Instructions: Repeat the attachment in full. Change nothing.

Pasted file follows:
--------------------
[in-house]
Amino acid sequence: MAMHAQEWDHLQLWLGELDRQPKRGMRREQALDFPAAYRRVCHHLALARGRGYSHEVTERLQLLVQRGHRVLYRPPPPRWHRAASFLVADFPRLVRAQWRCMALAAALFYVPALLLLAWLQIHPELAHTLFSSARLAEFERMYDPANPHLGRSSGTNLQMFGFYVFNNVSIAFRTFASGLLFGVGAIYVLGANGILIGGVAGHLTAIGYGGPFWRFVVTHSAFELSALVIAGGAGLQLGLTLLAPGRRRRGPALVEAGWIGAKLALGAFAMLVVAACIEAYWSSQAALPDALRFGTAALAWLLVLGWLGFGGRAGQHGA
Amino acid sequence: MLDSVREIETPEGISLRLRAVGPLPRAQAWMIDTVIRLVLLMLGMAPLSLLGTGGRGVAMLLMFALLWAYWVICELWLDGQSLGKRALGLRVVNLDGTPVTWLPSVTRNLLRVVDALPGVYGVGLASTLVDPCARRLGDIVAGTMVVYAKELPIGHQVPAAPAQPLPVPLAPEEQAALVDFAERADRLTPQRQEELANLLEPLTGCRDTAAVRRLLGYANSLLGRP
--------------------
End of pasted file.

[in-house]
Amino acid sequence: MAMHAQEWDHLQLWLGELDRQPKRGMRREQALDFPAAYRRVCHHLALARGRGYSHEVTERLQLLVQRGHRVLYRPPPPRWHRAASFLVADFPRLVRAQWRCMALAAALFYVPALLLLAWLQIHPELAHTLFSSARLAEFERMYDPANPHLGRSSGTNLQMFGFYVFNNVSIAFRTFASGLLFGVGAIYVLGANGILIGGVAGHLTAIGYGGPFWRFVVTHSAFELSALVIAGGAGLQLGLTLLAPGRRRRGPALVEAGWIGAKLALGAFAMLVVAACIEAYWSSQAALPDALRFGTAALAWLLVLGWLGFGGRAGQHGA
Amino acid sequence: MLDSVREIETPEGISLRLRAVGPLPRAQAWMIDTVIRLVLLMLGMAPLSLLGTGGRGVAMLLMFALLWAYWVICELWLDGQSLGKRALGLRVVNLDGTPVTWLPSVTRNLLRVVDALPGVYGVGLASTLVDPCARRLGDIVAGTMVVYAKELPIGHQVPAAPAQPLPVPLAPEEQAALVDFAERADRLTPQRQEELANLLEPLTGCRDTAAVRRLLGYANSLLGRP